3. They lower the cost to serve. Contact centers move high volume, low complexity cases to bots and thereby reduce labor costs. Common use case examples include transaction inquiries such as order fulfillment and package tracking updates, support requests such as inventory availability or return policy, cases to process claims such as credit memos or return merchandise authorizations, and repetitive questions such as business hours.

For example, bots can quickly query ERP systems with integration to distribution carriers to determine where a product is and when it will be delivered. This function alone creates a big savings as this type of inquiry accounts for 10 to 12 percent of cases for consumer product goods, retail and inventory carrying companies.

They bring efficiencies and scale to the contact or call center. They can manage a virtually unlimited number of simultaneous customer interactions. That flattens peak periods and reduces overall case volume. Managing unanticipated peak volumes is especially useful for occasional fluctuations such as company downtime that impacts production capacities or crisis scenarios such as the Covid pandemic.

Even when visitors are escalated to live agents, they can determine the types of cases to forward to live chat, which is another channel that offers case concurrency. Live chat and messaging apps keep customers in a text-based communication, so agents can engage multiple customers concurrently and the support organization can achieve agent economies of scale. Agents in chat typically handle 2 to 5 simultaneous customer sessions unlike calls where agents are limited to one customer at a time.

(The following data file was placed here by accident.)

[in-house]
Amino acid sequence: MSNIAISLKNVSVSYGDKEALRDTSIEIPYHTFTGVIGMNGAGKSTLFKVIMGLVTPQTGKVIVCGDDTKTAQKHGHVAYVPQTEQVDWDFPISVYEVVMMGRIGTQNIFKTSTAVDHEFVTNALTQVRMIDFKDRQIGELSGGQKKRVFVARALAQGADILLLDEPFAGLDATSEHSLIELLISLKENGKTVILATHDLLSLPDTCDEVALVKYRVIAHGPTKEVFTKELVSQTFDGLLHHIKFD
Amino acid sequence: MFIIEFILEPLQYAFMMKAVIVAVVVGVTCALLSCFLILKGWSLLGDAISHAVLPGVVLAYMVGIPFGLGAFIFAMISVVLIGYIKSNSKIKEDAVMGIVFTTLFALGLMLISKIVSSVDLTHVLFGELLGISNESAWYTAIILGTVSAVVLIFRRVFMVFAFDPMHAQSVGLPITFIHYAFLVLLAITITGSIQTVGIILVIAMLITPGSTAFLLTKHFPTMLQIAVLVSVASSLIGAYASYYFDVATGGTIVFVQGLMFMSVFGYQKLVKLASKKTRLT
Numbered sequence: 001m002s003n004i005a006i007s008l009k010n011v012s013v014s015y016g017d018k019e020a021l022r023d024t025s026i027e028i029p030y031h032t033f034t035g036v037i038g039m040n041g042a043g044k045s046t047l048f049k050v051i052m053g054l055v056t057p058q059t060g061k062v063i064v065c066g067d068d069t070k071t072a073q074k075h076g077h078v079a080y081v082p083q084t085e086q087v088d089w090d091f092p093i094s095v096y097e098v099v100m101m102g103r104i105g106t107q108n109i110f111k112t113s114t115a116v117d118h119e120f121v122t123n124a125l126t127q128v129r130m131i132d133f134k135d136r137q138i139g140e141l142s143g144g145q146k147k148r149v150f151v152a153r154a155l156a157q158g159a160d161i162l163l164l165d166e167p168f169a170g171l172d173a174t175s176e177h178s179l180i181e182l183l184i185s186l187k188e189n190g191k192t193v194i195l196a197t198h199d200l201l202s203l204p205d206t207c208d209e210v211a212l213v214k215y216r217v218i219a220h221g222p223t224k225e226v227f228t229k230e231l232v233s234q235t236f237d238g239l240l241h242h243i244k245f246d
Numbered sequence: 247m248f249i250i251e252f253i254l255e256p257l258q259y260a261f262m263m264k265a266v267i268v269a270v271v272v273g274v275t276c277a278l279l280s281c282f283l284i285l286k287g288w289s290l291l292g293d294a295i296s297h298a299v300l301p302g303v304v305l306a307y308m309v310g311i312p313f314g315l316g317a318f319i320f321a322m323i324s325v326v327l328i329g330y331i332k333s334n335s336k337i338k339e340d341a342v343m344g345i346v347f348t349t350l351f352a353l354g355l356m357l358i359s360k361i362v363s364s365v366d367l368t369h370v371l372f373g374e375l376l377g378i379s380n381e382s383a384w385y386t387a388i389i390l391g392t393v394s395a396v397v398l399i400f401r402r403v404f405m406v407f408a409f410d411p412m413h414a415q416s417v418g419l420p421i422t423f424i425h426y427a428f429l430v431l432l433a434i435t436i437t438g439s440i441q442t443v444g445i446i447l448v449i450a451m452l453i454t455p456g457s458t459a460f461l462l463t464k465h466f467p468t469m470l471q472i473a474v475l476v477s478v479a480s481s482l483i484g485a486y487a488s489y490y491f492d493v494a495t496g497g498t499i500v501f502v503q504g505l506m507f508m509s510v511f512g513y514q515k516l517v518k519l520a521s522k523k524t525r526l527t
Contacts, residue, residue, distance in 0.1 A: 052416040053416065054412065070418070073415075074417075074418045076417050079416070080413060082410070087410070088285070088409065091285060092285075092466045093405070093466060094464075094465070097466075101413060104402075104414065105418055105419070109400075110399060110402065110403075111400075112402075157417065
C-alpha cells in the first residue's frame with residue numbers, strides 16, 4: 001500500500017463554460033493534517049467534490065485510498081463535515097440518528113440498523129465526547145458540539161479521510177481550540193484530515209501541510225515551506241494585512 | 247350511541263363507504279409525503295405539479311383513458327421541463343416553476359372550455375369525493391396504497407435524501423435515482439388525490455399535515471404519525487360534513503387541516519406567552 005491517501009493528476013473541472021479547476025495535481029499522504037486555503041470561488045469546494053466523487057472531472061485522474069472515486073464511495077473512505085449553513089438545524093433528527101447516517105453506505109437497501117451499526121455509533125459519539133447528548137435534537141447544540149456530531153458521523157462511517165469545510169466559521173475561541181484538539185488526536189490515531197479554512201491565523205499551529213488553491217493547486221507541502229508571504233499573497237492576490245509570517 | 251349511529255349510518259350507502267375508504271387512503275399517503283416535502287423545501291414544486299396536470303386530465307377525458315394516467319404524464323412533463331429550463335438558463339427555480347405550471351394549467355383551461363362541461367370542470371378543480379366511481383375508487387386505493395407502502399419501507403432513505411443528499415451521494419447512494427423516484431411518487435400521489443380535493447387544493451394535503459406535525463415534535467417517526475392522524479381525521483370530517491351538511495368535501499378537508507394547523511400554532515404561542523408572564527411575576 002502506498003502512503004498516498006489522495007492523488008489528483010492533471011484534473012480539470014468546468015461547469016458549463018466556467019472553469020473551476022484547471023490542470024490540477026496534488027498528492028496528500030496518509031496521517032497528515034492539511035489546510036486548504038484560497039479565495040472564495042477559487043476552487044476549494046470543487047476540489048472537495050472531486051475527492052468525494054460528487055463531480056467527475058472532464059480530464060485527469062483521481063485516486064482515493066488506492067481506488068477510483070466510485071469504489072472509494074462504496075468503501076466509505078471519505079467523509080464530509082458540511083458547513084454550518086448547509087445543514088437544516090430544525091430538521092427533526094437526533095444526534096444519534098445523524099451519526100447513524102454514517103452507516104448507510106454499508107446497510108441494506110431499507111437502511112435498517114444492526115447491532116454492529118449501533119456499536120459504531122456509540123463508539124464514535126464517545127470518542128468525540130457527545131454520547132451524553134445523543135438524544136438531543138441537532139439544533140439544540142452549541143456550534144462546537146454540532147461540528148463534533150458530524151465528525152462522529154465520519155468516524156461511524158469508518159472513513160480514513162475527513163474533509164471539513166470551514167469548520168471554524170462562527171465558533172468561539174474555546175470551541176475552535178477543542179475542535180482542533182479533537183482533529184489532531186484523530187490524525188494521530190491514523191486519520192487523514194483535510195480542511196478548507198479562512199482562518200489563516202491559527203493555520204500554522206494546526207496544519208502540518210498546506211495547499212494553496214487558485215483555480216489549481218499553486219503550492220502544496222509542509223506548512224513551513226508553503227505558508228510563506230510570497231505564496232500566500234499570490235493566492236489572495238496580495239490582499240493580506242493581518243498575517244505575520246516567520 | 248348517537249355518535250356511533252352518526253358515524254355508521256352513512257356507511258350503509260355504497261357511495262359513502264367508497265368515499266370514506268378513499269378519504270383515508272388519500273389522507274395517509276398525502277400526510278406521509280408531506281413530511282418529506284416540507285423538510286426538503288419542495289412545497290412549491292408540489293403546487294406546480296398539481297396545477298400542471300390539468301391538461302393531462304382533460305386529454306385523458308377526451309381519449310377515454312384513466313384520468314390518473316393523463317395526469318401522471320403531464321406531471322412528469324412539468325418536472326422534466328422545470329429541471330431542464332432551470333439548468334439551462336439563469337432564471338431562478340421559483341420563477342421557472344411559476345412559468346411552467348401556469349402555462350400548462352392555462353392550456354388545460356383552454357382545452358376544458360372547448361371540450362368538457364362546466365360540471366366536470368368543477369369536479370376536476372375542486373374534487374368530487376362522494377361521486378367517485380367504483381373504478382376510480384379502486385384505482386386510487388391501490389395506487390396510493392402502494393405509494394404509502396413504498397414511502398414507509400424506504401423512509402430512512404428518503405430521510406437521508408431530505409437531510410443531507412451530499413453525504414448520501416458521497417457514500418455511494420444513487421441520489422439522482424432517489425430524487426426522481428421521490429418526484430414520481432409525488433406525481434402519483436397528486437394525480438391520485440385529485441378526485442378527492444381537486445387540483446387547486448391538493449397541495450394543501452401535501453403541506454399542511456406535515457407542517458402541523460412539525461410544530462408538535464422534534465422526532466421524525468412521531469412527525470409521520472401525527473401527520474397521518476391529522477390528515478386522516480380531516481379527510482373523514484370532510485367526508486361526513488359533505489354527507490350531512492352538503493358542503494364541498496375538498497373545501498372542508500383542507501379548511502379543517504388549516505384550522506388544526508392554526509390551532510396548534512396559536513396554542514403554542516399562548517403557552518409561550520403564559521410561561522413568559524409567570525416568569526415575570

Customer Service Channels
  1. Bots accumulate valuable customer Intelligence.
    Customer intelligence enables contact or call centers to deliver relevant, personalized, contextual and predictive customer experiences. Customer intelligence is a company's most valuable intellectual property. Yet for most support organizations it remains just a good idea. Bots collect unconstrained and unfiltered customer input in the forms of questions, problems, requests and frustrations.

Their transcripts identify customer friction points and where those sources of frustration occur along the customer journey. They capture digital footprints, customer sentiment and communication dialogue such as what customers want, what products they struggle with and why. This content creates customer insights that feed customer support processes and contact center analytics. Mature contact and call centers harvest chatbot data as part of their Voice of the Customer (VoC) program and feed that data to the CRM 360-degree customer view.

Why Customer Service Chatbots Fail

Despite widescale adoption, customer research and the experience of anybody who has tried to use them, shows that success remains elusive. The reality is that most contact center chatbot implementations focus on the technology and not the customer experience. That results in a degraded customer experience, low customer satisfaction scores and ultimately a failed implementation.

The top two reasons for chatbot failure include an overly broad scope and dumb bots that fail to provide relevant and accurate help.

Dumb bots are sometimes more graciously called foundational bots. They are built on a purely deterministic configuration that scans text for general keywords and delivers common phrase responses extracted from a file or database.

Many times, they are just page pushers, meaning instead of an answer, they deliver a page of links to webpages or knowledgebase articles that may or may not have the answer. Page pushing is easy to implement but research shows it mostly fails.

Customers don't have the time or patience to search through more information. They expect answers to be delivered. Dumb bots normally fail because their accuracy is low, their responses are most often incomplete and any dialogue beyond the initial question lowers relevance, and often loses communication fidelity.